Flossing your teeth shouldn’t feel awkward, boring or painful. And dodging the floss because of these reasons isn’t doing your teeth and gums any favours. Flossing teeth regularly improves your oral health and can even result in shorter hygiene appointments. So, if you want to spend less time in the chair then let’s talk about flossing.
No. Not that type of flossing. This type of flossing.
Why you hate flossing
If you’re a floss dodger you may use one (or both) of the following arguments to convince yourself it’s not worth doing.
Argument number 1: “Sticking a tiny bit of string between my teeth isn’t going to have a massive impact on my oral hygiene. I mean, it’s just string! So, skipping the floss now and then is fine.”
Argument number 2: “Flossing teeth is boring. I hate it. It hurts my gums and takes too long. Plus, I brush my teeth twice a day so it’s fine.”
As dentists, we’d like to address each of these anti-flossing arguments. Hopefully we’ll convince you once and for all that daily flossing is a good idea.
Argument 1: Flossing won’t help
When food lingers around your teeth and gums, plaque is more likely to build up. Letting plaque bacteria fester in your mouth can lead to problems, such as gum disease and tooth decay. Regular brushing gets rid of a lot of the plaque around your teeth and gums, but there are some areas brushes can’t reach. Flossing gets into every narrow gap. It coaxes out food that’s stuck between your teeth and removes plaque.
Argument 2: Flossing is boring and it hurts
Here are a couple of ideas to make flossing feel less of a chore.
- Put on your favourite song and floss to a tune you enjoy. (Although singing along may be difficult.)
- Reward yourself each time you floss — ideally not with something edible right after you’ve cleaned your teeth.
Admittedly, there aren’t too many ways to jazz up flossing. It’s just one of those average life tasks that need doing. Similar to emptying the dishwasher and folding washing.
If you struggle with flossing because it’s painful or your gums bleed, then we’re dealing with a different problem. Pain could mean you’re flossing technique needs a little work. While bleeding gums could be a sign of gum disease.
If bleeding occurs, don’t ignore it. Brushing more regularly, using a soft-bristled brush, and flossing your teeth every day may help lessen the bleeding but you should make an appointment to see your dentist. They’ll assess the damage and advise you on the treatment options.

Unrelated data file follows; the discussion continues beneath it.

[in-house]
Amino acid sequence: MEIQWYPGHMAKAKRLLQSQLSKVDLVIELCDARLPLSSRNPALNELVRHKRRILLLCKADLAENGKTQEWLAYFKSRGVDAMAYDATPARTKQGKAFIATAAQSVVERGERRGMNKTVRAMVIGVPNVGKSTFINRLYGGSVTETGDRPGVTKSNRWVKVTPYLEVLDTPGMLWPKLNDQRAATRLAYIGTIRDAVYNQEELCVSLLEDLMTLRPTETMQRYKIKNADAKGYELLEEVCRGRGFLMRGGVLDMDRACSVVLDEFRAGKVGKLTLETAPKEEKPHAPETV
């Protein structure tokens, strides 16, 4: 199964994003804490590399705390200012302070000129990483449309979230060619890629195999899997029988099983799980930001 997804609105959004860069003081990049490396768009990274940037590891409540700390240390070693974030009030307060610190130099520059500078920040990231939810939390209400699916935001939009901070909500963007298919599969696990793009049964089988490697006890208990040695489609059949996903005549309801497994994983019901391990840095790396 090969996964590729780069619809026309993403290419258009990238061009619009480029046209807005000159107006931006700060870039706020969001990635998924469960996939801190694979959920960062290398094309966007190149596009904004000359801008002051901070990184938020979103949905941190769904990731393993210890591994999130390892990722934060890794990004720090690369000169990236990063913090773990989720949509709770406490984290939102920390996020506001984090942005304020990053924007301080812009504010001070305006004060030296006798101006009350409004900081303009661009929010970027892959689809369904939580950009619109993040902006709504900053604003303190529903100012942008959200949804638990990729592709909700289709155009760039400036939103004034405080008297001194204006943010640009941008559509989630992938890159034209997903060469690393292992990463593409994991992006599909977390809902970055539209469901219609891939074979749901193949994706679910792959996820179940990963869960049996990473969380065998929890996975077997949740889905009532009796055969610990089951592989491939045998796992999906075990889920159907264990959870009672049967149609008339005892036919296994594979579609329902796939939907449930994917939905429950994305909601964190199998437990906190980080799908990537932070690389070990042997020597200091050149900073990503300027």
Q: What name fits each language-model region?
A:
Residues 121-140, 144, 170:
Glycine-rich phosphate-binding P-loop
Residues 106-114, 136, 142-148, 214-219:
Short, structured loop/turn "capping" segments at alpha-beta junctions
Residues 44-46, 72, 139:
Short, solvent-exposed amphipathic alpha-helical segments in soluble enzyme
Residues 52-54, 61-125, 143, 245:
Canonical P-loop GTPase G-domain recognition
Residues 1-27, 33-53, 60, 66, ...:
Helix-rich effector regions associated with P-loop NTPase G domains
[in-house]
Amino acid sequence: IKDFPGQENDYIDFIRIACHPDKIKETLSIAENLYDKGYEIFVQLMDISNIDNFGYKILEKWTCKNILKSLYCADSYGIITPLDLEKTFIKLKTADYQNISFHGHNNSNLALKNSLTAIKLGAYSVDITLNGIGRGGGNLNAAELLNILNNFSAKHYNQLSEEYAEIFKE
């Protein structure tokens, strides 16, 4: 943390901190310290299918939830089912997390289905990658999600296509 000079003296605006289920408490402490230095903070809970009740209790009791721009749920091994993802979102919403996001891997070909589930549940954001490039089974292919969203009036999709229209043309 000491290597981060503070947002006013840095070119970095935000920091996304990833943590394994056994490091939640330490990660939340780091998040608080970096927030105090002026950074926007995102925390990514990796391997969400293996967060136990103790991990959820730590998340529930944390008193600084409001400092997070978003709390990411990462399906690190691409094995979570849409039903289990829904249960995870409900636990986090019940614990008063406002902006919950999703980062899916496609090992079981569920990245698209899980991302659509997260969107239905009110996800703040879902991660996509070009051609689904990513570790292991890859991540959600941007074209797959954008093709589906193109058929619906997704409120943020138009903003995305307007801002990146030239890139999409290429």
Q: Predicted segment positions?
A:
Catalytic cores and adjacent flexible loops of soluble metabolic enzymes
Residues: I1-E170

How to floss your teeth
With the right technique, flossing shouldn’t hurt or take much time. Here’s how to do it right in five simple steps.
- Cut around 30-40cm of floss from your reel. Wrap one end around your index finger on one hand. Make a second ‘end’ roughly 3cm from your first finger and wrap around the index finger on your other hand. The floss between your fingers should be pulled taut.
- Placing your thumbs under the floss, guide it gently between your teeth. Use an up and down motion to ease it in. Avoid forcing or quickly snapping the floss right up to the gum line.
- Curve the floss around the tooth and then make a hook-shape as you move it around the side of the tooth and gum line. Make this movement once or twice and do it for the tooth on either side of the floss.
- Work downwards to gently slide the floss back out between the gap.
- Unroll a fresh 3cm of floss from your fingers and move onto the next tooth. Repeat the process.
What age should you start flossing?
Perhaps the reason you’re reading this article and don’t like flossing is because it was never ‘a thing’ when you were growing up. It’s never too late to start. Make flossing part of your daily oral health routine and you’ll be doing your teeth a big favour.
If you’re a parent and don’t want your kids to have the floss-less childhood you did, you can start setting an example from as young as two years old. By flossing your child’s teeth after brushing while they’re young, they’ll see it as a regular part of cleaning their teeth. The hope is that as soon as they’re old enough to do it themselves (aged around 10), they’ll continue with it.
Get extra guidance on flossing
Still unsure whether flossing is worth your time or how to do it? If you’re a Keppel Dental patient, our dentists are more than happy to talk to you about flossing and brushing. Let us know at the start of your appointment that this is something you want to go over, and we’ll leave time for a flossing demo.